This award-winning Washington D.C.-based vocal group is celebrating their 25th anniversary delighting audiences from coast to coast with its dynamic blend of tight harmonies, inventive arrangements and keen wit. In a few choreographed minutes, the Tone Rangers propel through 900 years of Western music--from Gregorian chant to classic rock to TV theme songs--in a fresh approach to contemporary a cappella music and comedy.
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Tone Rangers: Total Musical Services
The Tone Rangers sound as though a group of barbershop singers felt that restrictions and formality of the style was too confining and collectively expanded their horizons first to seven singers and then to a wider variety of popular styles. Their tight, close harmony lends credence to this supposition. Additional clues are the beautiful version of "Loch Lomond" (beautiful tenor lead) and "Shenandoah." Then they go wacky with Al Yankovic's "One More Minute," "My Tzatzkele" and the live gag tune, "Rubber Duckie." Gospel and doo-wop arrangements round out the play list of familiar popular songs.
Tone Rangers: We Think You Love Us (But We've Been Wrong Before)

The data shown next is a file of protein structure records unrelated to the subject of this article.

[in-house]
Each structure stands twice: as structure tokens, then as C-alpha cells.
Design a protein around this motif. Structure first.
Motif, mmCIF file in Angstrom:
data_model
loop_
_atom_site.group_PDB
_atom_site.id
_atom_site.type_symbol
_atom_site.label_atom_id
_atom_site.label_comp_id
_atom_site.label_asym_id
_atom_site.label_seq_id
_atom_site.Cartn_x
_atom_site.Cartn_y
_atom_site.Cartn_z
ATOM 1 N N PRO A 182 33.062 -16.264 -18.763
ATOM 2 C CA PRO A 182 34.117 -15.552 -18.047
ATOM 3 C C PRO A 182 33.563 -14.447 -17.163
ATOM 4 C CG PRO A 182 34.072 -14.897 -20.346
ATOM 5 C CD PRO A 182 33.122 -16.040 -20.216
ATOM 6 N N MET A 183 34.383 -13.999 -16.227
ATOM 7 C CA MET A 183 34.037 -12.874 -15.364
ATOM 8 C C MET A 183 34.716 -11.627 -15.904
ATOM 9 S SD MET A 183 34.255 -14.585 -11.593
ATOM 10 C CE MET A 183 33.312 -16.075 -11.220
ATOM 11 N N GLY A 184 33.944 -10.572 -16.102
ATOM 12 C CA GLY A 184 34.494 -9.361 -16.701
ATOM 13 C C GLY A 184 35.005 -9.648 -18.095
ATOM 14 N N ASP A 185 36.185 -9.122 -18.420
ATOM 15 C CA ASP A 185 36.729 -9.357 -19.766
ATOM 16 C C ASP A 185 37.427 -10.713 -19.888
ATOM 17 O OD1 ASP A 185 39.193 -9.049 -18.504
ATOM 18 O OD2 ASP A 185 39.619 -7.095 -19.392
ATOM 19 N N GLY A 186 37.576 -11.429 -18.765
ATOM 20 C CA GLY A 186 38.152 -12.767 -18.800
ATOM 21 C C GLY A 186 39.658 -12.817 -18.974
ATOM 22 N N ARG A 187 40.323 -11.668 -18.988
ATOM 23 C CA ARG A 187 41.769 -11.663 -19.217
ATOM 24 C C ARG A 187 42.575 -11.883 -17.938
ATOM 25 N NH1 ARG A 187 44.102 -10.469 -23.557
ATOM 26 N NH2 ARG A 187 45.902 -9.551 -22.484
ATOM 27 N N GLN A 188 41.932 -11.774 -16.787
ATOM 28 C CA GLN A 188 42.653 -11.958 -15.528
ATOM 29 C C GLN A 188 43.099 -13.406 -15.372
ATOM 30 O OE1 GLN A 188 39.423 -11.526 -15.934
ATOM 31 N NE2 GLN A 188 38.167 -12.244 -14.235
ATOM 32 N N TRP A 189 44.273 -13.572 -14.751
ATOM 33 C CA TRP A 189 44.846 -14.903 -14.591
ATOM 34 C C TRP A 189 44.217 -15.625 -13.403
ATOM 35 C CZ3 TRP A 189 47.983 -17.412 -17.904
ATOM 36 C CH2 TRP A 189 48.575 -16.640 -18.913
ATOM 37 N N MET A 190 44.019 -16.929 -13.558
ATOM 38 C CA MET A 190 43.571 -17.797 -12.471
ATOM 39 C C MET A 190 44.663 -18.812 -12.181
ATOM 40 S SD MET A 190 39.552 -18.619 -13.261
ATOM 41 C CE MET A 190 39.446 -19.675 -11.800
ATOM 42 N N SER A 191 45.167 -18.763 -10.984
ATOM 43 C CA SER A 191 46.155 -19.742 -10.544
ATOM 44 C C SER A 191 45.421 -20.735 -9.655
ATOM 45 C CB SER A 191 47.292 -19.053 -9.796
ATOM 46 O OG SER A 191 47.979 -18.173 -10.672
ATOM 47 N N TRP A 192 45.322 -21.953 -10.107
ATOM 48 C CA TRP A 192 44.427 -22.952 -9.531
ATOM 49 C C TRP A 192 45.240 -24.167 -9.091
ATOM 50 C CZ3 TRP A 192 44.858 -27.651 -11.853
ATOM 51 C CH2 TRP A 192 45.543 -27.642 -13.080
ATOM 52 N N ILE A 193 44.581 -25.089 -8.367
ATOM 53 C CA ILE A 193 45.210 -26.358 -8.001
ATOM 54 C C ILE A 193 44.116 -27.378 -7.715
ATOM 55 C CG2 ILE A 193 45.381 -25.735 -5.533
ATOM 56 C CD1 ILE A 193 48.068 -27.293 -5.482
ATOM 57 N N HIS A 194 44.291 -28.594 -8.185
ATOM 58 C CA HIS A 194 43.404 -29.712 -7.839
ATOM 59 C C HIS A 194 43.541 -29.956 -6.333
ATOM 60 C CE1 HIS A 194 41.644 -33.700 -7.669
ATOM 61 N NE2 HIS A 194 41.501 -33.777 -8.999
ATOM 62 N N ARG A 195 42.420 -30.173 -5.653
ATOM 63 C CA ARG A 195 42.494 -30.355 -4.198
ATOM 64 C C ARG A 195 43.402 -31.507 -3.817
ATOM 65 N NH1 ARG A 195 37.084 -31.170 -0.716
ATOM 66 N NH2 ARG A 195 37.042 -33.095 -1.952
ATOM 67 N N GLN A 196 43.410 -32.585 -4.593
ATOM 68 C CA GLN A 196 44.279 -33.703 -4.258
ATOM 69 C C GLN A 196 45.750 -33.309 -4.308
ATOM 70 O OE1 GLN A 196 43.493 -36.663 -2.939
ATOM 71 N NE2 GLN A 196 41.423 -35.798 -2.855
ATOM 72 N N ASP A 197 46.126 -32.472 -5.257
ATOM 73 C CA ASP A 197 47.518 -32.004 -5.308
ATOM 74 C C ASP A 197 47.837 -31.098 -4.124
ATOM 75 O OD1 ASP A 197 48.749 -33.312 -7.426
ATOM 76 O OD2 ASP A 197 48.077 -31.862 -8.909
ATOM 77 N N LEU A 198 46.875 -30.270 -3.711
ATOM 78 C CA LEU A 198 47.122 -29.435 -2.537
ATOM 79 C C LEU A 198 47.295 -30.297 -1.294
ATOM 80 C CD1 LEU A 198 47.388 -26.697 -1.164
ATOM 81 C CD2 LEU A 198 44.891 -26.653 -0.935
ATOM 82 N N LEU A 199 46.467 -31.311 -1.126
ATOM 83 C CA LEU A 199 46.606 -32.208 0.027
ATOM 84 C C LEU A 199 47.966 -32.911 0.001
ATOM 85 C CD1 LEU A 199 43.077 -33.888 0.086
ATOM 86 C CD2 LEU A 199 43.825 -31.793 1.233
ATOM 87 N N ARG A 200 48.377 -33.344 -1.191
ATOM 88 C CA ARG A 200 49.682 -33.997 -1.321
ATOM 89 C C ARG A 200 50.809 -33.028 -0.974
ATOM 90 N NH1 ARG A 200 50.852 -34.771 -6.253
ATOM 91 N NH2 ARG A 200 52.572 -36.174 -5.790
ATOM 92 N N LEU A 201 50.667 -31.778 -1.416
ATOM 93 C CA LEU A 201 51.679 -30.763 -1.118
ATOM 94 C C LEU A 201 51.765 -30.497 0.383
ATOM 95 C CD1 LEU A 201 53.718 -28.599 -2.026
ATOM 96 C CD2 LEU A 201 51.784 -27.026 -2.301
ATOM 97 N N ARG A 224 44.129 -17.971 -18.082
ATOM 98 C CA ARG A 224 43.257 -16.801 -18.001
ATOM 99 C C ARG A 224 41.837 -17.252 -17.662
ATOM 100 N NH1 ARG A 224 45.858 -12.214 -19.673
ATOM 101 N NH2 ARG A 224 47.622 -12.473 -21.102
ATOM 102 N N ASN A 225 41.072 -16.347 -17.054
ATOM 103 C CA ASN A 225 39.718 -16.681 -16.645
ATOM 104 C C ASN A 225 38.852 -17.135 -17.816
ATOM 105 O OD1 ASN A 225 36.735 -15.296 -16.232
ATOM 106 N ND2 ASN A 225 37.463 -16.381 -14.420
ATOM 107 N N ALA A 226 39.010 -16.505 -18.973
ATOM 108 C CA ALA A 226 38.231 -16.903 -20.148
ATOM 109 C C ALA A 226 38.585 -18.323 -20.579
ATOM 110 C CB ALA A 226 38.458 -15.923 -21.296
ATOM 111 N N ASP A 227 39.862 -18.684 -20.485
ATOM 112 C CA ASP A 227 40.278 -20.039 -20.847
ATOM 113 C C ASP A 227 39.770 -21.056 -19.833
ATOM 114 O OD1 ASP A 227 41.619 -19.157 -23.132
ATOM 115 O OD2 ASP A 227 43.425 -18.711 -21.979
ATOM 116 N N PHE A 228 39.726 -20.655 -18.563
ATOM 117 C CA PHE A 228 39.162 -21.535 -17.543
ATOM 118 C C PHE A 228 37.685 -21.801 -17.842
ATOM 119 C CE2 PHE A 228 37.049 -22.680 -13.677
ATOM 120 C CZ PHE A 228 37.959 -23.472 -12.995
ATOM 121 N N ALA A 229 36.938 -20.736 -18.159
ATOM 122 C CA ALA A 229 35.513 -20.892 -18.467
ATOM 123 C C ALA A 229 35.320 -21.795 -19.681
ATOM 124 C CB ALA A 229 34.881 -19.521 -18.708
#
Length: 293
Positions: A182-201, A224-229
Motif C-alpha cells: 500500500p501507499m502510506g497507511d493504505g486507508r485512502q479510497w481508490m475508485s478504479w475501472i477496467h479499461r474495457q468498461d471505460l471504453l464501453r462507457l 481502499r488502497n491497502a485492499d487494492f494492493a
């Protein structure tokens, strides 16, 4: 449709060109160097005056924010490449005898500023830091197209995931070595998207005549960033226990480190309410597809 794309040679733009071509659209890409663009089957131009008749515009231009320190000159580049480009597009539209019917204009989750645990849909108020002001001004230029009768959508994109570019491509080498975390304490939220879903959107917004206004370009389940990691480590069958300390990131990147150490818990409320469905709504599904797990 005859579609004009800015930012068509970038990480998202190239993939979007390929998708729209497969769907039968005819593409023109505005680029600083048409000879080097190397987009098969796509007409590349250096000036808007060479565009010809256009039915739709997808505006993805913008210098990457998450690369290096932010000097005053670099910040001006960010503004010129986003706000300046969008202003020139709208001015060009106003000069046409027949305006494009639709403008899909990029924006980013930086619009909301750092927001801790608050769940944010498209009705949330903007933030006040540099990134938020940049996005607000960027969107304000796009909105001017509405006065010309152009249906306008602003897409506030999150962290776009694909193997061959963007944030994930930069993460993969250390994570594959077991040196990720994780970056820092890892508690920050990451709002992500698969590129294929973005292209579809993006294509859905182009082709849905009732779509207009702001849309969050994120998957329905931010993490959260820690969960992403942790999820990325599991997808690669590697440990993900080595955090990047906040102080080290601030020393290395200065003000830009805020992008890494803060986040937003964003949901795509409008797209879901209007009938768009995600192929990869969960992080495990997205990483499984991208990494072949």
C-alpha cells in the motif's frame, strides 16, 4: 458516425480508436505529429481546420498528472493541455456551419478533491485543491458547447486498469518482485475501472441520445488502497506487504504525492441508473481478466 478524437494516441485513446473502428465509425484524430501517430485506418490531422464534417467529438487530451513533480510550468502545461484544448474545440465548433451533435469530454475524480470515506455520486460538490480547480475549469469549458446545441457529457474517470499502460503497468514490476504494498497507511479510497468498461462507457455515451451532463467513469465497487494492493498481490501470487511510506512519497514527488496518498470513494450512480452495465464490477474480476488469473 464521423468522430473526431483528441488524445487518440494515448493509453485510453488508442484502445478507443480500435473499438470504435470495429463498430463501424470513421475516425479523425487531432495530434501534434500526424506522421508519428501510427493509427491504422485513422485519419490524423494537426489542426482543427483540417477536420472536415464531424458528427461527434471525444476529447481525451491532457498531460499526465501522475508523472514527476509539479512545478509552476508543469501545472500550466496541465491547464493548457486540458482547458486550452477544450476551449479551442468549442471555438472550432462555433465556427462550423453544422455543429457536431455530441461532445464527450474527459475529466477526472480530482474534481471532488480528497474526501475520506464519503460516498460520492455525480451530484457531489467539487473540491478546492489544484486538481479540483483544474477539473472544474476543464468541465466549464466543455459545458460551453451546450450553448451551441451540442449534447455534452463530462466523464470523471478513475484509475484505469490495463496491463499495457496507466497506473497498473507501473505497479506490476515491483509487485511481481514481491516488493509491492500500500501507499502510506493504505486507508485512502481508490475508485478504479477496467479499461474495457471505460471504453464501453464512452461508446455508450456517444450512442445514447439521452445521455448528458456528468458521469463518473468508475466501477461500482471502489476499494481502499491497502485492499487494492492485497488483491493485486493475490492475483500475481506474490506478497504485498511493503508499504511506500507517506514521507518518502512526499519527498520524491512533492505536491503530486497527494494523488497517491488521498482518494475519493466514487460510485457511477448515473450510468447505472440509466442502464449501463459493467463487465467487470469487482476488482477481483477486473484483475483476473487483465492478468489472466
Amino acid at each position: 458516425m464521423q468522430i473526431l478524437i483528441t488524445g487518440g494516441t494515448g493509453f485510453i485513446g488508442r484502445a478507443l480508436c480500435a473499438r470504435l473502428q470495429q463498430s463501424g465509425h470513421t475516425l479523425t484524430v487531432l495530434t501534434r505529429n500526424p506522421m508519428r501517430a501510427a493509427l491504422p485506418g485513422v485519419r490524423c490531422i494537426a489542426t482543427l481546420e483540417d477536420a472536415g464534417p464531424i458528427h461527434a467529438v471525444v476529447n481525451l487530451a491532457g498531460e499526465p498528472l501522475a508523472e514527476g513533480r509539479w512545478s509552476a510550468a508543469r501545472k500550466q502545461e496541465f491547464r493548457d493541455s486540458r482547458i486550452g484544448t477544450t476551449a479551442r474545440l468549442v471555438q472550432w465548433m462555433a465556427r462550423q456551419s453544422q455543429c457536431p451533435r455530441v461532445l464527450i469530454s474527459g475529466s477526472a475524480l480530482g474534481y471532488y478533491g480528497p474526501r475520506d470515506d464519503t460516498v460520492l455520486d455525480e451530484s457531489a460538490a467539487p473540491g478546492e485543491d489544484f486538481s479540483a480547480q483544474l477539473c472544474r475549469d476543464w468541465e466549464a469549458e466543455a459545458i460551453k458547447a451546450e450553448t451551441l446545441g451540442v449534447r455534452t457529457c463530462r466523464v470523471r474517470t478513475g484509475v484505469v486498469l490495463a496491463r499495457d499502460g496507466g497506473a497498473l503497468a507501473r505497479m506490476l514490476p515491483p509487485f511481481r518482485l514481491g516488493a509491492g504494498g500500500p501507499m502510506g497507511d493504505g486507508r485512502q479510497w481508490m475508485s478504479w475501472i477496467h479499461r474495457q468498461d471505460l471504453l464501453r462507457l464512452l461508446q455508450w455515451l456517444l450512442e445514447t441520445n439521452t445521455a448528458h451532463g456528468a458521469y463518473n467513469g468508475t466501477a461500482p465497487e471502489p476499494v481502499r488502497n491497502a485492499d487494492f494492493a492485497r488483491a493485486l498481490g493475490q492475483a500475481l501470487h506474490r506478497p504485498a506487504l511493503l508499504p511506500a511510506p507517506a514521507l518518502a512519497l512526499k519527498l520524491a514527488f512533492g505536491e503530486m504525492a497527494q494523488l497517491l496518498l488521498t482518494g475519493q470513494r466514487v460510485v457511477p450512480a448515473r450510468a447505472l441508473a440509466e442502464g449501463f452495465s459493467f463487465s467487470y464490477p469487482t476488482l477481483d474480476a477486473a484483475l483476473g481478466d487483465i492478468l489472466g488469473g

Pride of Washington, DC, the all male a cappella octet Tone Rangers put on a great performance at the 2002 Harmony Sweeps National Finals, and have been delighting audiences across the country ever since with their rich harmonies, fine arrangements and wonderful sense of humor ever since. Beginning with a brilliant send up of the Partridge Family's "I Think I Love You," this album continues with a Crosby, Stills, Nash & Young "Find the Cost of Freedom"/"Southern Cross" medley that's sweet enough to bring tears to the eyes of us old time CSNY fans, and a breathtaking, silly tale of hippie love, "Ariel." Continuing this spirited collection of 13 songs are a "Brown-Eyed Girl" that Van probably didn't have in mind, a rendition of "Unchained Melody" that has a little too much moonshine before going horribly astray, a manic "Sweet Talkin' Woman," a reasonably straight cover of "Rock the Boat," and an incongruous, lovely take on the romantic British folk tune "Down by the Salley Gardens" that could descend into silliness at any moment but doesn't. "Viva Las Vegas" begins with the cloying sound of slot machines and features a nice "Elvis" lead in front of decidedly "non-union" background singers. The live cut "Wild Thing" begins as a hilarious Gregorian chant, and "I Need You" somehow samples "Meet the Flintstones," and the "Jetsons' Theme." The Rangers are funny, talented, always surprising - you've just gotta love these guys. (We think!)